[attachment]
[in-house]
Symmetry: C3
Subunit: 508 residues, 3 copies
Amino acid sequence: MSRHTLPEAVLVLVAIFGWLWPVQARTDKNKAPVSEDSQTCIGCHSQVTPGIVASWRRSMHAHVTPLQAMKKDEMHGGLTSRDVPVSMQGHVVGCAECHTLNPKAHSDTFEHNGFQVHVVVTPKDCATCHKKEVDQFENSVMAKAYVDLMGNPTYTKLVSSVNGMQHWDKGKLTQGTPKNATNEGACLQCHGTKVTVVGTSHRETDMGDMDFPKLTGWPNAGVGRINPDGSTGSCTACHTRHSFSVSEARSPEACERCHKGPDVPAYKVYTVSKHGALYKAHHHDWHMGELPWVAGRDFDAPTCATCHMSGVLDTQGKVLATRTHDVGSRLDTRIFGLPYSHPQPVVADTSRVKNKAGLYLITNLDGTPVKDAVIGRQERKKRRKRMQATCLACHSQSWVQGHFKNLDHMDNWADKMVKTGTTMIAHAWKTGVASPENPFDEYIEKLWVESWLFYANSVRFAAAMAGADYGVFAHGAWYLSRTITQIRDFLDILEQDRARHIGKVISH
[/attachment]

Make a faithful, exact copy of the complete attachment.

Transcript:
[in-house]
Symmetry: C3
Subunit: 508 residues, 3 copies
Amino acid sequence: MSRHTLPEAVLVLVAIFGWLWPVQARTDKNKAPVSEDSQTCIGCHSQVTPGIVASWRRSMHAHVTPLQAMKKDEMHGGLTSRDVPVSMQGHVVGCAECHTLNPKAHSDTFEHNGFQVHVVVTPKDCATCHKKEVDQFENSVMAKAYVDLMGNPTYTKLVSSVNGMQHWDKGKLTQGTPKNATNEGACLQCHGTKVTVVGTSHRETDMGDMDFPKLTGWPNAGVGRINPDGSTGSCTACHTRHSFSVSEARSPEACERCHKGPDVPAYKVYTVSKHGALYKAHHHDWHMGELPWVAGRDFDAPTCATCHMSGVLDTQGKVLATRTHDVGSRLDTRIFGLPYSHPQPVVADTSRVKNKAGLYLITNLDGTPVKDAVIGRQERKKRRKRMQATCLACHSQSWVQGHFKNLDHMDNWADKMVKTGTTMIAHAWKTGVASPENPFDEYIEKLWVESWLFYANSVRFAAAMAGADYGVFAHGAWYLSRTITQIRDFLDILEQDRARHIGKVISH